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Conserve water during El Nino, advises Met services

Nuku'alofa, Tonga

Staff checking equipment at the Vava‘u Meteorological Observatory. June 2015

With Tonga currently experiencing El Nino's drier and cooler weather there is a need for people to conserve water and use it wisely, advises Tonga’s Meteorological and Coast Radio Services.

The Director of the Meteorological Services ‘Ofa Fa’anunu said people need to know what to expect and what to do during El Nino.

"We are trying to look more into the impact and what people can do to prepare instead of talking too much into what is El Nino."

‘Ofa said it is important for people to first conserve water, use it wisely and collect as much rain water as possible.

He said to be careful when lighting fires to avoid bush fires while advising fishermen to plan other fishing activities because tuna stocks could potentially decrease.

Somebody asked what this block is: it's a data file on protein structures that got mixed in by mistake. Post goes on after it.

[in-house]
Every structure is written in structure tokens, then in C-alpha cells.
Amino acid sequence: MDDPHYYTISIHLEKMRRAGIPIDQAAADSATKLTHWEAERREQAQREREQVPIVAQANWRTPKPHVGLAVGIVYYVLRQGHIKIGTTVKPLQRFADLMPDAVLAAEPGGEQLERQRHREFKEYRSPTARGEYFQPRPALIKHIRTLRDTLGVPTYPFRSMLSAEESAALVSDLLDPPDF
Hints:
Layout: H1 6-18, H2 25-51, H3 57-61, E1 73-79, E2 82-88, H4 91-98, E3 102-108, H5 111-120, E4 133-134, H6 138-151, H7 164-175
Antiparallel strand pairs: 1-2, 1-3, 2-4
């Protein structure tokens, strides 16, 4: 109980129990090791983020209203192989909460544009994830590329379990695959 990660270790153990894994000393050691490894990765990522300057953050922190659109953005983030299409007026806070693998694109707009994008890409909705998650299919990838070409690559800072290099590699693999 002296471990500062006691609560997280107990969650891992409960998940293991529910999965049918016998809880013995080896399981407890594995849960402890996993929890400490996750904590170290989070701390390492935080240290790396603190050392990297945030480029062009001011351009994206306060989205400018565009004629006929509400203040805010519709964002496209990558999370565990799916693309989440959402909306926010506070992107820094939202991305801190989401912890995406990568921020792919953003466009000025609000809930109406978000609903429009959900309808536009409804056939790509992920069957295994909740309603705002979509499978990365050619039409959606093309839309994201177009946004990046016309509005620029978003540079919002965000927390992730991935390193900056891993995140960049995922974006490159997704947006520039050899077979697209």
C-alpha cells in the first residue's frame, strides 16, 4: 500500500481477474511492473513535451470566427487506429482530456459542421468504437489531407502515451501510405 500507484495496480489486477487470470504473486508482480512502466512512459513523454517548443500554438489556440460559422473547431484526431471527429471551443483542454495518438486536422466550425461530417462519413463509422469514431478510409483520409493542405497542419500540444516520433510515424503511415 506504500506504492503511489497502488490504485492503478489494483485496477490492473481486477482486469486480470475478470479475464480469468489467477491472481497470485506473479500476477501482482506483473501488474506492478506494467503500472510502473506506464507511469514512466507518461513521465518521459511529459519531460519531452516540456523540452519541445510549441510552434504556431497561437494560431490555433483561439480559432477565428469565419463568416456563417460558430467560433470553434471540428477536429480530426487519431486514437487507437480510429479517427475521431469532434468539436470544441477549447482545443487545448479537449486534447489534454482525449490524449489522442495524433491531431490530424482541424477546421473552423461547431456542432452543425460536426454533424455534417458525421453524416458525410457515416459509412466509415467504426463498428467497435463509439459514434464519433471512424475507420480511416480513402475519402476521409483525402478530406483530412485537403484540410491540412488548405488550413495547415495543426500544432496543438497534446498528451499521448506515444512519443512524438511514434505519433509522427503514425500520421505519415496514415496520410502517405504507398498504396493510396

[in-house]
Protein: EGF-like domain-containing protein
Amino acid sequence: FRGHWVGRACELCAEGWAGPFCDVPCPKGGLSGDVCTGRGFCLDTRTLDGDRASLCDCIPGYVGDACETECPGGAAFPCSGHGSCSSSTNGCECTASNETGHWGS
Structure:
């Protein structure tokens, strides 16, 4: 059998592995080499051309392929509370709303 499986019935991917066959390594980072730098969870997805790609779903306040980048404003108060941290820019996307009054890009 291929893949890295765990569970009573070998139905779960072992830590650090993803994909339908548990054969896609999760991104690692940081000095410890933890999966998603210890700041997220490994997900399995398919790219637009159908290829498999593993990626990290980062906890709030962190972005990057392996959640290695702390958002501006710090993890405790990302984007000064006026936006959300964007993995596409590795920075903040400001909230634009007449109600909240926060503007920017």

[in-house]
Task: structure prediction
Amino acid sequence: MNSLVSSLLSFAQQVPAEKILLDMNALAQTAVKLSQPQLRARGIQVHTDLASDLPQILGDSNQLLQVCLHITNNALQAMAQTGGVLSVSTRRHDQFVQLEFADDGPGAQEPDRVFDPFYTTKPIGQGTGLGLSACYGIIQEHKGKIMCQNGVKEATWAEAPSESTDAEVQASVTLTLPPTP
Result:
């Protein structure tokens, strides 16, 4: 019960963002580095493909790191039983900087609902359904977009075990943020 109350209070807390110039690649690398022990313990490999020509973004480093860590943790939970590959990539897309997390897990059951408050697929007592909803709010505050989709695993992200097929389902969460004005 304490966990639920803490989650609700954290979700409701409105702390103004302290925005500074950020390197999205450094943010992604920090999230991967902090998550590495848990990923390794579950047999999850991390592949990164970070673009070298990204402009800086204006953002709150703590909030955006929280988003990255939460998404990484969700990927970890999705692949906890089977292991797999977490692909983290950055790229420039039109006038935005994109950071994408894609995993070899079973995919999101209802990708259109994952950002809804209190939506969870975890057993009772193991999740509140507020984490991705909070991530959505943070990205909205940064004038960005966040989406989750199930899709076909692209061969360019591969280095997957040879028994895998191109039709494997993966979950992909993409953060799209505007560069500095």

People need to be aware of the effects of El Nino weather patterns and prepare by:

  • Planting drought resistant crops and prepare to preserve excess because there is a chance that fruit trees will fruit heavily
  • Prepare for possible increase in cyclone activity for the next cyclone season
  • Care for grazing livestock due to expected dry conditions
  • Irrigate crops responsibly
  • Apply crop mulching to maintain soil moisture
  • Keep warm as night temperatures are expected to be colder than usual

El Nino is the movement of warm ocean water from the north of Australia to South American crossing the Pacific Islands every three to seven years, changes the weather patterns in many countries.

For Tonga, El Nino usually brings cooler nighttime temperatures from May to October, less rainfall from November to April and more cyclones than usual.

In May this year, drought conditions was experienced throughout Tonga and drought warnings was in force for all of Tonga. Drier than normal conditions was also expected in the next six-months.